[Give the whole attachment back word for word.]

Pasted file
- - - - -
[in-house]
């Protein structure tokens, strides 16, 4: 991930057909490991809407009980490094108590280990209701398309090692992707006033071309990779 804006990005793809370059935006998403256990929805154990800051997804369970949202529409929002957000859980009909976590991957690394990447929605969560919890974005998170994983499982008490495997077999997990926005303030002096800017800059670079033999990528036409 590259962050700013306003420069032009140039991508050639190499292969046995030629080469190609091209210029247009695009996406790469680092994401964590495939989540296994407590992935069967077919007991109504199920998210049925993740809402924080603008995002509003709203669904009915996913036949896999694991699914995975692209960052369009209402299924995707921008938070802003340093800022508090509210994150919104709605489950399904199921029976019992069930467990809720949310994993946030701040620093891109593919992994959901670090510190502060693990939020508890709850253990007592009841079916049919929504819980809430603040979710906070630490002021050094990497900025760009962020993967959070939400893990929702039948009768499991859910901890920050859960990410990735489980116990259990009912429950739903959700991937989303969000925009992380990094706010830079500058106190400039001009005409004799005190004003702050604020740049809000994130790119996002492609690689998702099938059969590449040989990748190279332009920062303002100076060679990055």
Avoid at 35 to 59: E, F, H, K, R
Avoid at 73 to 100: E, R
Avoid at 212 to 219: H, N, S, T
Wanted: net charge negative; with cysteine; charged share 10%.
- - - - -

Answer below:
[in-house]
């Protein structure tokens, strides 16, 4: 991930057909490991809407009980490094108590280990209701398309090692992707006033071309990779 804006990005793809370059935006998403256990929805154990800051997804369970949202529409929002957000859980009909976590991957690394990447929605969560919890974005998170994983499982008490495997077999997990926005303030002096800017800059670079033999990528036409 590259962050700013306003420069032009140039991508050639190499292969046995030629080469190609091209210029247009695009996406790469680092994401964590495939989540296994407590992935069967077919007991109504199920998210049925993740809402924080603008995002509003709203669904009915996913036949896999694991699914995975692209960052369009209402299924995707921008938070802003340093800022508090509210994150919104709605489950399904199921029976019992069930467990809720949310994993946030701040620093891109593919992994959901670090510190502060693990939020508890709850253990007592009841079916049919929504819980809430603040979710906070630490002021050094990497900025760009962020993967959070939400893990929702039948009768499991859910901890920050859960990410990735489980116990259990009912429950739903959700991937989303969000925009992380990094706010830079500058106190400039001009005409004799005190004003702050604020740049809000994130790119996002492609690689998702099938059969590449040989990748190279332009920062303002100076060679990055």
Avoid at 35 to 59: E, F, H, K, R
Avoid at 73 to 100: E, R
Avoid at 212 to 219: H, N, S, T
Wanted: net charge negative; with cysteine; charged share 10%.